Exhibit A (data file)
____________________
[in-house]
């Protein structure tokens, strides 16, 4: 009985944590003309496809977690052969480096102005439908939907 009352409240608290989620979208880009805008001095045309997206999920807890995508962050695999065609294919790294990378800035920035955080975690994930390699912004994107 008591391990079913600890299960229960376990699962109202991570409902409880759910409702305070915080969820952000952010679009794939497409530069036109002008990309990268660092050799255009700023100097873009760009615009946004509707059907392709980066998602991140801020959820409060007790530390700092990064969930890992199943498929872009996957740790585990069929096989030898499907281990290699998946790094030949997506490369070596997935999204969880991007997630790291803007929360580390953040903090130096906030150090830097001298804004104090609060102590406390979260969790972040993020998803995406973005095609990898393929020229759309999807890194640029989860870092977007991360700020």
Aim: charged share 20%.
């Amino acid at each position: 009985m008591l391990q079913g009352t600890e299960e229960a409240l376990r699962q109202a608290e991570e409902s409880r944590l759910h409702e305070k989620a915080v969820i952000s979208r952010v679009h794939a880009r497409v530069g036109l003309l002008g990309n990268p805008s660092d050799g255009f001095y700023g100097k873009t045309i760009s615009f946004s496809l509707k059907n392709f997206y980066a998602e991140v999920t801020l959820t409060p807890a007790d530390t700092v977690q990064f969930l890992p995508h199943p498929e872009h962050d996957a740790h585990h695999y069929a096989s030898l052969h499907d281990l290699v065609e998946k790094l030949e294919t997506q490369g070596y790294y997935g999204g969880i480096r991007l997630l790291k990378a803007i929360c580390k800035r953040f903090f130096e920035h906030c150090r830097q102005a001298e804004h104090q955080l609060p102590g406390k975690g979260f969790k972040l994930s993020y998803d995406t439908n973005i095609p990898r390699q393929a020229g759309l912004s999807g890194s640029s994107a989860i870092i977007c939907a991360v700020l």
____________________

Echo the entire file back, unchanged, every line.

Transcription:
[in-house]
């Protein structure tokens, strides 16, 4: 009985944590003309496809977690052969480096102005439908939907 009352409240608290989620979208880009805008001095045309997206999920807890995508962050695999065609294919790294990378800035920035955080975690994930390699912004994107 008591391990079913600890299960229960376990699962109202991570409902409880759910409702305070915080969820952000952010679009794939497409530069036109002008990309990268660092050799255009700023100097873009760009615009946004509707059907392709980066998602991140801020959820409060007790530390700092990064969930890992199943498929872009996957740790585990069929096989030898499907281990290699998946790094030949997506490369070596997935999204969880991007997630790291803007929360580390953040903090130096906030150090830097001298804004104090609060102590406390979260969790972040993020998803995406973005095609990898393929020229759309999807890194640029989860870092977007991360700020």
Aim: charged share 20%.
């Amino acid at each position: 009985m008591l391990q079913g009352t600890e299960e229960a409240l376990r699962q109202a608290e991570e409902s409880r944590l759910h409702e305070k989620a915080v969820i952000s979208r952010v679009h794939a880009r497409v530069g036109l003309l002008g990309n990268p805008s660092d050799g255009f001095y700023g100097k873009t045309i760009s615009f946004s496809l509707k059907n392709f997206y980066a998602e991140v999920t801020l959820t409060p807890a007790d530390t700092v977690q990064f969930l890992p995508h199943p498929e872009h962050d996957a740790h585990h695999y069929a096989s030898l052969h499907d281990l290699v065609e998946k790094l030949e294919t997506q490369g070596y790294y997935g999204g969880i480096r991007l997630l790291k990378a803007i929360c580390k800035r953040f903090f130096e920035h906030c150090r830097q102005a001298e804004h104090q955080l609060p102590g406390k975690g979260f969790k972040l994930s993020y998803d995406t439908n973005i095609p990898r390699q393929a020229g759309l912004s999807g890194s640029s994107a989860i870092i977007c939907a991360v700020l």